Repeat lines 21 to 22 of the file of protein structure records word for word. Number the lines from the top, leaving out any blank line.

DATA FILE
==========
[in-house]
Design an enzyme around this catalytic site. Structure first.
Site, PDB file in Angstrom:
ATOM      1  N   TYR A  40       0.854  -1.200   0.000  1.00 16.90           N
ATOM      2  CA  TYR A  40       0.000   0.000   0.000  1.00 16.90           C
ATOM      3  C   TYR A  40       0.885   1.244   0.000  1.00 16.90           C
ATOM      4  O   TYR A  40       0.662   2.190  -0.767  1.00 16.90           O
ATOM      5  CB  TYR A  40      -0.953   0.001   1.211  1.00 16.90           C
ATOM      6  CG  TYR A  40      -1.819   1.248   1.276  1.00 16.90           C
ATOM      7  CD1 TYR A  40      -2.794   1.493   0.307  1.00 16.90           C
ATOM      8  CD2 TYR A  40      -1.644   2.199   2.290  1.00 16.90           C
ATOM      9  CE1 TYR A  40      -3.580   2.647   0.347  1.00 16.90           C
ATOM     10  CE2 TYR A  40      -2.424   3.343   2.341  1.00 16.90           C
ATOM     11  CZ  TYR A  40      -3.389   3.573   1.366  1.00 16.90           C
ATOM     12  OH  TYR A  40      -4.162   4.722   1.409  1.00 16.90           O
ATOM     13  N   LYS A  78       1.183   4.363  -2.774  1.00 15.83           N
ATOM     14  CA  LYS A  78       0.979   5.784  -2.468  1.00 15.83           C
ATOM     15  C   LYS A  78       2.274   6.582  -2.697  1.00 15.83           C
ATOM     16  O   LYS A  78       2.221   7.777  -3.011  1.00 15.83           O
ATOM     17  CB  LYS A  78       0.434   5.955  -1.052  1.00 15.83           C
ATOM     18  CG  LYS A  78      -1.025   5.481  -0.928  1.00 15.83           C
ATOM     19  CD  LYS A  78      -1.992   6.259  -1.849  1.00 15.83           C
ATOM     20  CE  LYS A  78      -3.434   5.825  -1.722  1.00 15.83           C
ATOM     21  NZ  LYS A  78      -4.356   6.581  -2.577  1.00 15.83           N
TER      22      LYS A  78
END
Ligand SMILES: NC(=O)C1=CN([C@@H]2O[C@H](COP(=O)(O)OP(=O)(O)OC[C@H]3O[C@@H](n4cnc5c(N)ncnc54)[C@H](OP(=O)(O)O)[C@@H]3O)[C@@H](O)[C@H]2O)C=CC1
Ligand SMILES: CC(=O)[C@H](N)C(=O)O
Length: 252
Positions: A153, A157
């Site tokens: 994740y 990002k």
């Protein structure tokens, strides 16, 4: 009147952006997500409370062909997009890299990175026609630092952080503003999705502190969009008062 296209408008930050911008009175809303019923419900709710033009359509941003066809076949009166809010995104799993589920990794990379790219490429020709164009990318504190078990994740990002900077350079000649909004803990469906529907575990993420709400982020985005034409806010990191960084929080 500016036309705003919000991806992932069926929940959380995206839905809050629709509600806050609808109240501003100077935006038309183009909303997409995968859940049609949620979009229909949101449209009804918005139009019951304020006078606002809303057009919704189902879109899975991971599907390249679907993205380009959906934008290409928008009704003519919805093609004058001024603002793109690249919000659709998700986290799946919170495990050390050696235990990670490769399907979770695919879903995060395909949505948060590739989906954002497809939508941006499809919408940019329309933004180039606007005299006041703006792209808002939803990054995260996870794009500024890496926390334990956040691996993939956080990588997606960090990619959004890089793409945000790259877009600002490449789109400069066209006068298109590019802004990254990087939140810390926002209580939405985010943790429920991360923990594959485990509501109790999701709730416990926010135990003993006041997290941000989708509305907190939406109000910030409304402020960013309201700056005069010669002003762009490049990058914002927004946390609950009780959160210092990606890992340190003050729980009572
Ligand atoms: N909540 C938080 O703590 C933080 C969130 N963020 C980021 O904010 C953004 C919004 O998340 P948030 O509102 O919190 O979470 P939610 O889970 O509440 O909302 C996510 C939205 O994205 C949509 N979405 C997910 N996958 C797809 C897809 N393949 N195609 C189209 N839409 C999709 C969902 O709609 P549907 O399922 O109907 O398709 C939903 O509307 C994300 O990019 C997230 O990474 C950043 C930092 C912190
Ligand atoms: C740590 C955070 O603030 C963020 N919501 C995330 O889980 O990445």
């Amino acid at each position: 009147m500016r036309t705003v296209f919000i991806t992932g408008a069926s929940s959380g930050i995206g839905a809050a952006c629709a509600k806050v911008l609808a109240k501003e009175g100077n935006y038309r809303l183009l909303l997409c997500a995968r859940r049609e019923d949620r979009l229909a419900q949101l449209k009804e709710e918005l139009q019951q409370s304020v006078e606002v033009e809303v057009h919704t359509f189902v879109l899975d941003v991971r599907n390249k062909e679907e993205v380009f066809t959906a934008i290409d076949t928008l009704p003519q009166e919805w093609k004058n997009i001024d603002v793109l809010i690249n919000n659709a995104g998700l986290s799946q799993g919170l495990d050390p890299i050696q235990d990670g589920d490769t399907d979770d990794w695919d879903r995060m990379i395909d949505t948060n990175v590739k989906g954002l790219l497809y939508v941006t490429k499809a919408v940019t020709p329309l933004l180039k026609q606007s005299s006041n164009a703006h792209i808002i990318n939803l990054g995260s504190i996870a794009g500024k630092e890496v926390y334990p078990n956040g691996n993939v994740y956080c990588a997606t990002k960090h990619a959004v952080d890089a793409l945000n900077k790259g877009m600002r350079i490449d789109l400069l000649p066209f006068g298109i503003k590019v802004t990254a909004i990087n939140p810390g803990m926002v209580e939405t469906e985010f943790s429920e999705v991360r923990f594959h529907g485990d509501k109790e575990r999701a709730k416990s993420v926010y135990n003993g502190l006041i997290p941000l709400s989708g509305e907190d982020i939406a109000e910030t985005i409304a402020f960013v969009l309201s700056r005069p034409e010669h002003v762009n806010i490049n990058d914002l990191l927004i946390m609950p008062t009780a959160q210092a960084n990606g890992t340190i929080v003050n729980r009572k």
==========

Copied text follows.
ATOM     18  CG  LYS A  78      -1.025   5.481  -0.928  1.00 15.83           C
ATOM     19  CD  LYS A  78      -1.992   6.259  -1.849  1.00 15.83           C